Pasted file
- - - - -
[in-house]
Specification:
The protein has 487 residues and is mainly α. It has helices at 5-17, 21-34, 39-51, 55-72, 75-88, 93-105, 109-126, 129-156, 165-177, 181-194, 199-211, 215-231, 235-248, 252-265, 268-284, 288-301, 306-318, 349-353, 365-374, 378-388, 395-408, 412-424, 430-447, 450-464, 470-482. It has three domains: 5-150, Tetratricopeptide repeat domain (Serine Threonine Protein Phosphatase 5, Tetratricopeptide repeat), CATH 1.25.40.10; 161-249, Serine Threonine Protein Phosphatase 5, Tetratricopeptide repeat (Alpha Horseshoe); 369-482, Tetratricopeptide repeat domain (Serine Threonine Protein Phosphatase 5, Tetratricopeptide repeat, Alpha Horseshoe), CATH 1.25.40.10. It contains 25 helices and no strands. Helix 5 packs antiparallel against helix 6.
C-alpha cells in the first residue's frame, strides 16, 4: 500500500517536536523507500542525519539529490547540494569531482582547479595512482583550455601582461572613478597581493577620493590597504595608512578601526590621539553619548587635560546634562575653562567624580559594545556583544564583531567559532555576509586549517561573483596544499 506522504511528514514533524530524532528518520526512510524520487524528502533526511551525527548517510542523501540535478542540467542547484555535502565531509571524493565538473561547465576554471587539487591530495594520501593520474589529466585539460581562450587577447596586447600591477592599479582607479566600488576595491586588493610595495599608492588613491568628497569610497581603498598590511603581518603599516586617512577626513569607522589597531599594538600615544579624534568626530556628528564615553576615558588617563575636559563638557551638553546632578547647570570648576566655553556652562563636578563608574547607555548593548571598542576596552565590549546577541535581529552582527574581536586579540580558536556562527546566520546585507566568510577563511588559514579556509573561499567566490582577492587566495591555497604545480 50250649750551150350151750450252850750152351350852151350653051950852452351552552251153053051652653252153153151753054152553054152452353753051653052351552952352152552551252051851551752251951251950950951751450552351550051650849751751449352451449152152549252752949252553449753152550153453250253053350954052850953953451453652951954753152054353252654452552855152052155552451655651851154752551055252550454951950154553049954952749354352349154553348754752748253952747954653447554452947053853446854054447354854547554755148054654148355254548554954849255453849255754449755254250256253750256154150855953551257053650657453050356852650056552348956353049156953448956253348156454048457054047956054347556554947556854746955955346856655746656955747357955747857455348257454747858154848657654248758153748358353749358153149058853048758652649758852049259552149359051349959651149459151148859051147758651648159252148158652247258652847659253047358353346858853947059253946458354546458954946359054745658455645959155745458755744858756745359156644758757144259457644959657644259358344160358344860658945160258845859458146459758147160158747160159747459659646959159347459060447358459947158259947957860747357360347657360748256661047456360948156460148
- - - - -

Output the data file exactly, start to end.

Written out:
[in-house]
Specification:
The protein has 487 residues and is mainly α. It has helices at 5-17, 21-34, 39-51, 55-72, 75-88, 93-105, 109-126, 129-156, 165-177, 181-194, 199-211, 215-231, 235-248, 252-265, 268-284, 288-301, 306-318, 349-353, 365-374, 378-388, 395-408, 412-424, 430-447, 450-464, 470-482. It has three domains: 5-150, Tetratricopeptide repeat domain (Serine Threonine Protein Phosphatase 5, Tetratricopeptide repeat), CATH 1.25.40.10; 161-249, Serine Threonine Protein Phosphatase 5, Tetratricopeptide repeat (Alpha Horseshoe); 369-482, Tetratricopeptide repeat domain (Serine Threonine Protein Phosphatase 5, Tetratricopeptide repeat, Alpha Horseshoe), CATH 1.25.40.10. It contains 25 helices and no strands. Helix 5 packs antiparallel against helix 6.
C-alpha cells in the first residue's frame, strides 16, 4: 500500500517536536523507500542525519539529490547540494569531482582547479595512482583550455601582461572613478597581493577620493590597504595608512578601526590621539553619548587635560546634562575653562567624580559594545556583544564583531567559532555576509586549517561573483596544499 506522504511528514514533524530524532528518520526512510524520487524528502533526511551525527548517510542523501540535478542540467542547484555535502565531509571524493565538473561547465576554471587539487591530495594520501593520474589529466585539460581562450587577447596586447600591477592599479582607479566600488576595491586588493610595495599608492588613491568628497569610497581603498598590511603581518603599516586617512577626513569607522589597531599594538600615544579624534568626530556628528564615553576615558588617563575636559563638557551638553546632578547647570570648576566655553556652562563636578563608574547607555548593548571598542576596552565590549546577541535581529552582527574581536586579540580558536556562527546566520546585507566568510577563511588559514579556509573561499567566490582577492587566495591555497604545480 50250649750551150350151750450252850750152351350852151350653051950852452351552552251153053051652653252153153151753054152553054152452353753051653052351552952352152552551252051851551752251951251950950951751450552351550051650849751751449352451449152152549252752949252553449753152550153453250253053350954052850953953451453652951954753152054353252654452552855152052155552451655651851154752551055252550454951950154553049954952749354352349154553348754752748253952747954653447554452947053853446854054447354854547554755148054654148355254548554954849255453849255754449755254250256253750256154150855953551257053650657453050356852650056552348956353049156953448956253348156454048457054047956054347556554947556854746955955346856655746656955747357955747857455348257454747858154848657654248758153748358353749358153149058853048758652649758852049259552149359051349959651149459151148859051147758651648159252148158652247258652847659253047358353346858853947059253946458354546458954946359054745658455645959155745458755744858756745359156644758757144259457644959657644259358344160358344860658945160258845859458146459758147160158747160159747459659646959159347459060447358459947158259947957860747357360347657360748256661047456360948156460148